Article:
Nov 30, 2020  
2012 - 2013 Graduate Catalog 
    
2012 - 2013 Graduate Catalog [ARCHIVED CATALOG]

LAW 317 - Law & Neuroscience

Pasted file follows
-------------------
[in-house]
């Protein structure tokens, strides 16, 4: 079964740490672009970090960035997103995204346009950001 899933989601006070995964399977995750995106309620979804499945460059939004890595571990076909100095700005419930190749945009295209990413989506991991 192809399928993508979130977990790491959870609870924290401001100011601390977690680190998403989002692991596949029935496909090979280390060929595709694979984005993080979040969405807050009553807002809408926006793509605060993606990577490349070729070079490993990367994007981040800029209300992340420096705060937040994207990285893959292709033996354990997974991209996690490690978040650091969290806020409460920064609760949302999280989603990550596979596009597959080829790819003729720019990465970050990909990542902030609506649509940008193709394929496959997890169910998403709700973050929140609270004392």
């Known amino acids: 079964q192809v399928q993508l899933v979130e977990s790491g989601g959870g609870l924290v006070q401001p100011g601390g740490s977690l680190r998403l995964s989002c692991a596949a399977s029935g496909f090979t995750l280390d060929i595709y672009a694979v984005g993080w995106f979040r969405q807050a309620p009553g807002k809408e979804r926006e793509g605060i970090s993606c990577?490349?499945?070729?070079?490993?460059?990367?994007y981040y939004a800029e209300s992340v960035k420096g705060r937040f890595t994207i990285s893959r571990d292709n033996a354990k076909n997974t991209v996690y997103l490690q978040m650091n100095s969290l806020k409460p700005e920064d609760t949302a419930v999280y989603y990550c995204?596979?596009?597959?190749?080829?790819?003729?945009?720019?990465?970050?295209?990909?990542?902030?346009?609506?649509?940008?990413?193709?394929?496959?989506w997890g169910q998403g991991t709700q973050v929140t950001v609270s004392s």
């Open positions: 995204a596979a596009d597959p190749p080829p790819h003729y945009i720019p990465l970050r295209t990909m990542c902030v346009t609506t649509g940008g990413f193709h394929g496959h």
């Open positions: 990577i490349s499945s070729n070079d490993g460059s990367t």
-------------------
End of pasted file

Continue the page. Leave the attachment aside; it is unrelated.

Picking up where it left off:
This course examines a variety of cutting-edge, at times controversial, linkages between law and neuroscience, ranging from social and environmental influences on the brain and behavior to the interpretations of neuroimaging and the prediction of criminality and predispositions towards mental illnesses and addictions. Students will learn how discoveries in neuroscience intersect with societal responses and legal decision-making. Scientists are increasingly using new techniques to investigate the brain activity underlying cognitive phenomena. The course will explore whether, and if so how, the law should engage with various emerging neuroscientific findings, technologies, and perspectives on such topics as evidentiary rules, memory bias and enhancement, lie and deception detection, the neurobiology of criminal culpability and punishment, emotions and decision making, addiction, adolescent brains and juvenile law, moral and legal reasoning, tort law, artificial intelligence, and the like. The course will also address a variety of challenging questions raised by the increasing introduction of brain scans as evidence in courtroom proceedings. A background in science may be helpful, but is not required, as the course will provide a “brain basics” introduction for law students.